The Battle of Highbury: When Football Lost Its Temper

by | Jul 10, 2021

England play Italy in the final of the European Championships on Sunday evening but, while there may be frayed tempers and a considerable degree of gamesmanship, it seems unlikely that the match will reach the levels of intransigence achieved by one of their very first meetings. It’s been 87 years since it was played, yet it remains on the records as one of the most extraordinarily bad-tempered matches that England have ever been involved in. Indeed, it’s notoriety as a match can be gauged by the fact that it has earned itself a nickname shared by other similarly truculent meetings: The Battle of Highbury.

The match, which was played on the 12th November 1934, wasn’t the first between the two sides. That had come 18 months earlier, when the two teams played out a 1-1 at the Stadio Nazionale PNF in Rome. What mattered, though, was what had come before this match and what had happened since. The FA’s relationship with FIFA had always been somewhat fractious. They first joined in 1905, a year after its formation, but all four of the ‘home nations’ (England, Ireland, Scotland and Wales) opted to leave in 1919, when FIFA chose not to exclude those who had been their wartime enemies from the organisation. This position, however, turned out to be untenable and by 1924 they had rejoined.

Still, though, tensions remained, and they went beyond the involvement of the former wartime enemies. The British Olympic Association had fought against ‘broken time’ payments – compensation for amateur athletes to cover lost income when performing – when competing in the Olympic games. At the 1925 Olympic Congress in Prague, the British had made an amendment which concluded that governing federations should define amateur status for their sports, but only in accordance with the definition of amateurism accepted by the Olympic Congress. In 1928, though, Switzerland proposed to FIFA that in certain circumstances, ‘broken time’ payments should be allowed and FIFA accepted. The FA resigned from FIFA in protest against the proposal, and the other home nations joined them.

The 1930s, then, began with a first World Cup that was missing four teams that would have been expected to be amongst its strongest. The first tournament in 1930 was won by Uruguay, the host nation, and four years later the same thing happened again when Italy were crowned as the world champions, again with the home nations absent. Italy, then, were the world champions, but this fairly straightforward fact seemed to bypass the English media, who deemed this match “The Real World Cup Final”, on account of the perceived strength of an England team who hadn’t yet even deigned to take part in something that was considered by many to be an irrelevance of a competition.

Any idea that the FA not driven by pure xenophobia would be way off the mark. When Arsenal attempted to sign Rudy Hiden from the Austrian club Wiener AC in 1930, Charles Sutcliffe of the FA wrote that “The idea of bringing foreigners to play in league football is repulsive to the clubs, offensive to British players and a terrible confession of weakness in the management of a club”. The following year, the FA introduced a rule which required players to have been resident in the United Kingdom for two years before they could to play for an English club. The rule, which remained in place until 1978, effectively banned all bar a tiny number of foreign players from plying their trade in this country.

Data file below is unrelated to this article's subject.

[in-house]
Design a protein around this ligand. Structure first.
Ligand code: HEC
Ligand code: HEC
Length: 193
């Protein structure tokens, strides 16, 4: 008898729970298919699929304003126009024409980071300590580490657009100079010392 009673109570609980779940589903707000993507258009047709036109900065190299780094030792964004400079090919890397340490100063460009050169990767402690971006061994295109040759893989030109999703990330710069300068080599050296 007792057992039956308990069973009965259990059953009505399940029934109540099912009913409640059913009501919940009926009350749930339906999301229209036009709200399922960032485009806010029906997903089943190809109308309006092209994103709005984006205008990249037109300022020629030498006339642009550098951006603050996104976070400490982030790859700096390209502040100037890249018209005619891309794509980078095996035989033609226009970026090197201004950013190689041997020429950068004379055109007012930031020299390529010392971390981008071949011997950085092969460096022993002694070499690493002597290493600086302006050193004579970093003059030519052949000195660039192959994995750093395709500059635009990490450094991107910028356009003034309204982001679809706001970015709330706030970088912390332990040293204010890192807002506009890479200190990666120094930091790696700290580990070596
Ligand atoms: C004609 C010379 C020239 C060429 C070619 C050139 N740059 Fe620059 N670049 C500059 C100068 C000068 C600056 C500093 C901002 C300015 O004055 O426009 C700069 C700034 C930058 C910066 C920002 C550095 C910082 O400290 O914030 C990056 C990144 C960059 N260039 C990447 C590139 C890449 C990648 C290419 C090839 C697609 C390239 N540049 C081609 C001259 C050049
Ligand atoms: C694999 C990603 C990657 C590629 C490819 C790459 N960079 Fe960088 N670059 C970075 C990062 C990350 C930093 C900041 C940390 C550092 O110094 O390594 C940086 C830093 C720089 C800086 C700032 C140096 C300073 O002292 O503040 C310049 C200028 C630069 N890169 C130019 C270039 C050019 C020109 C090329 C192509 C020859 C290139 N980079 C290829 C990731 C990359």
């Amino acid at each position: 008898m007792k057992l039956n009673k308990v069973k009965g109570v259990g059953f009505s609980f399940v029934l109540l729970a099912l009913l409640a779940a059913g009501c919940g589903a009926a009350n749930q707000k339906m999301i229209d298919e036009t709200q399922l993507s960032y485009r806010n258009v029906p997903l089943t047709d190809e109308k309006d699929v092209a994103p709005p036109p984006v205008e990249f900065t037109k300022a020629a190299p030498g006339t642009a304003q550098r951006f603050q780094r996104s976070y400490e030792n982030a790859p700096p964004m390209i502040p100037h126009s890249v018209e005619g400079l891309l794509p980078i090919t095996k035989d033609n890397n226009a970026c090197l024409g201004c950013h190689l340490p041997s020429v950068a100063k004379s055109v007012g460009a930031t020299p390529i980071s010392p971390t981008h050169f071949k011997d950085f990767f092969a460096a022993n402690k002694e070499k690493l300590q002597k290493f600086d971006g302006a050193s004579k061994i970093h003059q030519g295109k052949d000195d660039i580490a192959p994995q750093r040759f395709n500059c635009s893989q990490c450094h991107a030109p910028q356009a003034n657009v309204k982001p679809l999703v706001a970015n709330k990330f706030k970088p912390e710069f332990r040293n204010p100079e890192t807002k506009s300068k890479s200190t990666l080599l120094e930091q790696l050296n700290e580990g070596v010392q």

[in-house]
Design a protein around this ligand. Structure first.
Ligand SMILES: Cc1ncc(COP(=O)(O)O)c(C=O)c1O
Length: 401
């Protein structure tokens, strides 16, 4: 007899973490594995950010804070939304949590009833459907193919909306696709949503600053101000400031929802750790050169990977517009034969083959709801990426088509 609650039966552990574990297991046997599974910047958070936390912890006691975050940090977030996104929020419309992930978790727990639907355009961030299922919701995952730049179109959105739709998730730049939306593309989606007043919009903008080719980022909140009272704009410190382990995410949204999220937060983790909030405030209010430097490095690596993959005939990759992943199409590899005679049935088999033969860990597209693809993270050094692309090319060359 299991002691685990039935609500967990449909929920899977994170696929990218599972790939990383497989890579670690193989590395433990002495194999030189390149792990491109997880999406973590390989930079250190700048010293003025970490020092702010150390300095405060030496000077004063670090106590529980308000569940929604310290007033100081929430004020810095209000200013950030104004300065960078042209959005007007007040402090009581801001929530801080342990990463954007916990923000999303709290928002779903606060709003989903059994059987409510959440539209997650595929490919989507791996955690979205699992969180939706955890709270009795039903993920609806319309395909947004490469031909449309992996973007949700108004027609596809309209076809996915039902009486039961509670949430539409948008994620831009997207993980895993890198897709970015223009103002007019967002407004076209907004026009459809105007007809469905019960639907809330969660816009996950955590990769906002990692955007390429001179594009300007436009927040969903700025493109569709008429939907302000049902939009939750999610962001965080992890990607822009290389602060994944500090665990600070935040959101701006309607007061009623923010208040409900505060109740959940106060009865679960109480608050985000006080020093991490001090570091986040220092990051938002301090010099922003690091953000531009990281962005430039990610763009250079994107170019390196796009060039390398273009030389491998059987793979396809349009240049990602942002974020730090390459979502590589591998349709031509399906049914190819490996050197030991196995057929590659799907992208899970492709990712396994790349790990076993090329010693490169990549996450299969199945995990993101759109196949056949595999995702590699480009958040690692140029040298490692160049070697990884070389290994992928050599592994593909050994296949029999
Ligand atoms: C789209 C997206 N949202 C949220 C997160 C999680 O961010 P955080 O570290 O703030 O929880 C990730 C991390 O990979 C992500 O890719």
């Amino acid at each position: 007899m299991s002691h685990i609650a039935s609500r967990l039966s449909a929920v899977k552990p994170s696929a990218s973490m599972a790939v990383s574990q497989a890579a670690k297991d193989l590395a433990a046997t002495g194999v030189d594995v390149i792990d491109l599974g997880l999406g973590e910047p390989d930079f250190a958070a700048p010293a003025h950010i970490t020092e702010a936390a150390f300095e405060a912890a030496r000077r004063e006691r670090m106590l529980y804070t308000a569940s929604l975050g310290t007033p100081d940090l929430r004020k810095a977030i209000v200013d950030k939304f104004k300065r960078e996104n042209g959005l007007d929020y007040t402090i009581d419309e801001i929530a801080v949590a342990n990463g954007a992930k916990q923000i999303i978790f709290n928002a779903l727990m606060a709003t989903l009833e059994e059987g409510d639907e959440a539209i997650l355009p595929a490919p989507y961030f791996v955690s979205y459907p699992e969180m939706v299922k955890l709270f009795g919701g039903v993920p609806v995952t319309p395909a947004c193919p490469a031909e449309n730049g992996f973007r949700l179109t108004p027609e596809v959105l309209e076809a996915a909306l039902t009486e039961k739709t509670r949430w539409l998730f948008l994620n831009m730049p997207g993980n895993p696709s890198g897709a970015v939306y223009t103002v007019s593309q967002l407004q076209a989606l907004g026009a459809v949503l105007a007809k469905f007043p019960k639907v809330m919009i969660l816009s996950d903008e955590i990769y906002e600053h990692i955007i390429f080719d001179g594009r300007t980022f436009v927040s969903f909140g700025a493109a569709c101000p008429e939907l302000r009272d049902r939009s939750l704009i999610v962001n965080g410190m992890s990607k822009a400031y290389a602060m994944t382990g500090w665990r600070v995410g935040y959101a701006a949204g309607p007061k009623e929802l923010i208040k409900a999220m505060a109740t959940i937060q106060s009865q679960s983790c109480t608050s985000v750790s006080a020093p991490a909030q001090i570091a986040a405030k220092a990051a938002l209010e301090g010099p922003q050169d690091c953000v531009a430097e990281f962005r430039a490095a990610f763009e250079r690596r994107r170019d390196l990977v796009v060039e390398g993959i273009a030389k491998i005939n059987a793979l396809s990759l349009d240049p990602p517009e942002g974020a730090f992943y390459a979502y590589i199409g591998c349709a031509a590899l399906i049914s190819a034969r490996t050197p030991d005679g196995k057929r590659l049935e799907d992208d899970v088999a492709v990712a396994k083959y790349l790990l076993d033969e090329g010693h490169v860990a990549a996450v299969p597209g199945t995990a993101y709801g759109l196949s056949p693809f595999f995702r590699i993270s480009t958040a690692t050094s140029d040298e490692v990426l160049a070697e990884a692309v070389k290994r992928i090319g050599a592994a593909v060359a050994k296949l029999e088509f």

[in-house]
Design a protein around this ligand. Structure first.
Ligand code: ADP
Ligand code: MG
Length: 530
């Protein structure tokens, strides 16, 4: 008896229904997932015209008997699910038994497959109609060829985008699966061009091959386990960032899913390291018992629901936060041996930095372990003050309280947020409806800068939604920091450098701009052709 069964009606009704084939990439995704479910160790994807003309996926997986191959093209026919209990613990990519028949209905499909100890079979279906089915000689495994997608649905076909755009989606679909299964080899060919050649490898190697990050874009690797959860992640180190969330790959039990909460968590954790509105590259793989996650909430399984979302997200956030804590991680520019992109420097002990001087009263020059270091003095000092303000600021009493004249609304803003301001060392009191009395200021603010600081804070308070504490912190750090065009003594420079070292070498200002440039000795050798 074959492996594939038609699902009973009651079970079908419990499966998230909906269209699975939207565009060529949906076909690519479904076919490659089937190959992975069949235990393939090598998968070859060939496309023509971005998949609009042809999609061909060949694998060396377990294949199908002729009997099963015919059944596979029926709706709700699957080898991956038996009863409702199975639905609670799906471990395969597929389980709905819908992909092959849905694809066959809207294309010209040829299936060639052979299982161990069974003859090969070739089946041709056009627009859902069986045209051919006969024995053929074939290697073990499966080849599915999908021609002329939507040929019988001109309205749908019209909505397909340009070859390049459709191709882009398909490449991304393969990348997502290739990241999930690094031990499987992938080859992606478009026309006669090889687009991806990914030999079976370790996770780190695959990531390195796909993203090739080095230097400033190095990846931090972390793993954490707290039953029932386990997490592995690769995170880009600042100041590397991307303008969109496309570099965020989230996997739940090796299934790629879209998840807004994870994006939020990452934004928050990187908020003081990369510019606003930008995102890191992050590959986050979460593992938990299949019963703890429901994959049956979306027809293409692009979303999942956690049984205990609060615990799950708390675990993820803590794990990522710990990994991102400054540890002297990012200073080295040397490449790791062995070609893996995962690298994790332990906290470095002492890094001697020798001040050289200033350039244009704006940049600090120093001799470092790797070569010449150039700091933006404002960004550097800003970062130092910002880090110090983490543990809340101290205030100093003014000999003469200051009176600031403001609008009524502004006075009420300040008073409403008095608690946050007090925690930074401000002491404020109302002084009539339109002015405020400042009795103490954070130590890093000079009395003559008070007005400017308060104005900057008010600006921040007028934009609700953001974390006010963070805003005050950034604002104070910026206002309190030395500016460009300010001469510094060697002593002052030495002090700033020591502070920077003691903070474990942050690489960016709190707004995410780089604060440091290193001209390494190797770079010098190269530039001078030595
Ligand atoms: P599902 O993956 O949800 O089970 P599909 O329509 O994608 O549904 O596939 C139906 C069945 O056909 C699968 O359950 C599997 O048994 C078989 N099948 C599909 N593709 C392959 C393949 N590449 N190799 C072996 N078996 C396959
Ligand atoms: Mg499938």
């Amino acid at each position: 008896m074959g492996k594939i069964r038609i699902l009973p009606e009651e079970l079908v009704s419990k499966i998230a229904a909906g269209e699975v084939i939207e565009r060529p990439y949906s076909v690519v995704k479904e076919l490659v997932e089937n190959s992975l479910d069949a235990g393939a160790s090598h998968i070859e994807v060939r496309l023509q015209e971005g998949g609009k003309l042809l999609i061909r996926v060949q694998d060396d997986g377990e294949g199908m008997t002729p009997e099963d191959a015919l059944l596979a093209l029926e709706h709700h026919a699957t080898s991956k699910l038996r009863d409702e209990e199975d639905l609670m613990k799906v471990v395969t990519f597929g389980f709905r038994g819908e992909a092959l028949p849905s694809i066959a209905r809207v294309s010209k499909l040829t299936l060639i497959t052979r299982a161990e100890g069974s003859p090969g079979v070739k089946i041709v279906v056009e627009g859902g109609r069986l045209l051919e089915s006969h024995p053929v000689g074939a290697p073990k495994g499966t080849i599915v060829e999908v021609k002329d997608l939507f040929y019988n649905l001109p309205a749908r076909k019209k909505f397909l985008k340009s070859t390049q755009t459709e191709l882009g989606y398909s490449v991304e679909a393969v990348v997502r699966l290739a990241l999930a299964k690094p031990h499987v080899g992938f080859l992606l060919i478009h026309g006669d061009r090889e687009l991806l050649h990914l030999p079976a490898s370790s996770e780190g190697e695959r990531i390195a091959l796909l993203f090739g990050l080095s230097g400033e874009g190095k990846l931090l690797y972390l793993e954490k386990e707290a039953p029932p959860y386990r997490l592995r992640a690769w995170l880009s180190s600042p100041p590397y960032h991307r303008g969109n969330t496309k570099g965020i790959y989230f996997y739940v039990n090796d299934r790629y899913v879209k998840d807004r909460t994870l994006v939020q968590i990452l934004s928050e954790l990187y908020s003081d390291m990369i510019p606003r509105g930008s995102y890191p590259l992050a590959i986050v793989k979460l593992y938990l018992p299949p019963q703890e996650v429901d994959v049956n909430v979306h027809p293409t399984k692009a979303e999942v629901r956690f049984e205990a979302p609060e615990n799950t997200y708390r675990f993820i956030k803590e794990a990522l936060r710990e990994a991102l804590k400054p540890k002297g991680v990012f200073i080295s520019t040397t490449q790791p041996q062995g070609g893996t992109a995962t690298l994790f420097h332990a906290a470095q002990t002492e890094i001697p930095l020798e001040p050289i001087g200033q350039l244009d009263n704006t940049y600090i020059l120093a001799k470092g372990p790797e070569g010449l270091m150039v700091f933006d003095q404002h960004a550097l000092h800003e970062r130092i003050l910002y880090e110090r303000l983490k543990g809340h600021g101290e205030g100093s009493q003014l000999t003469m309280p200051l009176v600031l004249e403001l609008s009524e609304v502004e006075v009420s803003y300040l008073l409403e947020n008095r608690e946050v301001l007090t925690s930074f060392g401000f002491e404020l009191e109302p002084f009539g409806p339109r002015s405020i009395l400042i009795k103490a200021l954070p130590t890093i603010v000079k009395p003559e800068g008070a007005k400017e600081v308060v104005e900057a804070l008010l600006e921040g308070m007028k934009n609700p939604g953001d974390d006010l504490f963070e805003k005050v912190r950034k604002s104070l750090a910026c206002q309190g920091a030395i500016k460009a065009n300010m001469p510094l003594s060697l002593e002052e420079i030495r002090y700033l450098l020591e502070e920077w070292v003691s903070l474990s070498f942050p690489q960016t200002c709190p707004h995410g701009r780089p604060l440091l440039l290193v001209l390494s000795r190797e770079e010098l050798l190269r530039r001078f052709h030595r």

This arrogance and high-handedness, combined with the importance placed on sport for the purposes of propaganda by Italy’s fascist leader Benito Mussolini, only inflamed matters all the more. Mussolini offered Italy’s players a new Alfa Romeo car, an astronomical £150 each – £10,800, adjusted for inflation to 2021 – and even, it was suggested, exemption from compulsory military service if they could return with a win.

There have, of course, been numerous rumours over the years that Mussolini fixed the 1934 World Cup in Italy’s favour, but none of this interfered with the collective belief that they had earned the right to call themselves the world champions of football, while England’s claim seemed solely based on exceptionalism and the fact that the game had originally been codified here, some 70 years earlier. The Liverpool Echo’s preview of the match seemed to sum up the question that many hoped to have answered:

England is still looked upon as the best football talent in the world, although the FA will not join in so-called world championships. Italy bears on its stamps the title “Football champions of the world” and all our exiles are asking that we shall beat them, because they will not be able to hold up their heads if defeat comes to us on our own ground. The team chosen for the home eleven is made up of stout hearts and brainy football feet. Italy is fast and strikingly clever; every one of our men who have seen them play say they are a revelation.

Highbury was selected as the venue for the match, and unsurprisingly so. Arsenal had bought the freehold to the ground in 1925 and extensive renovation work had begun in the early 1930s, with its ultra-modern, art deco West Stand opening for business in 1932. This growth had been matched by an improvement in the team’s performances after they won the FA Cup for the first time in 1930 under  Herbert Chapman, and Chapman’s premature death at the start of 1934 had cast a pall over the entire year, in this country.

The team selected that would play against Italy would feature no less than seven Arsenal players, a record number from one club for an England match which still exists to this day. None of this, however, meant that this was an experienced England team. Whether the FA’s selection committee was making a pointed statement about what they thought of Italy at the time is not known, but none of the eleven players had as many as ten previous caps for their country. Among the non-Arsenal players selected was a 19 year old Stanley Matthews, making his second appearance for his country.

Italy, on the other hand, were packed with experience. Coach Vittorio Pozzo had already developed Herbert Chapman’s innovative WM formation into a WW formation, in which half-backs pressed higher up the pitch, supporting counter-attacks, with a central half-back helping to keep the team solid defensively by covering them went they moved forward. Among their star players was Giuseppe Meazza, who was (and remains) the youngest player to score 100 goals in Serie A, and who is now recognised as perhaps Italy’s greatest ever player.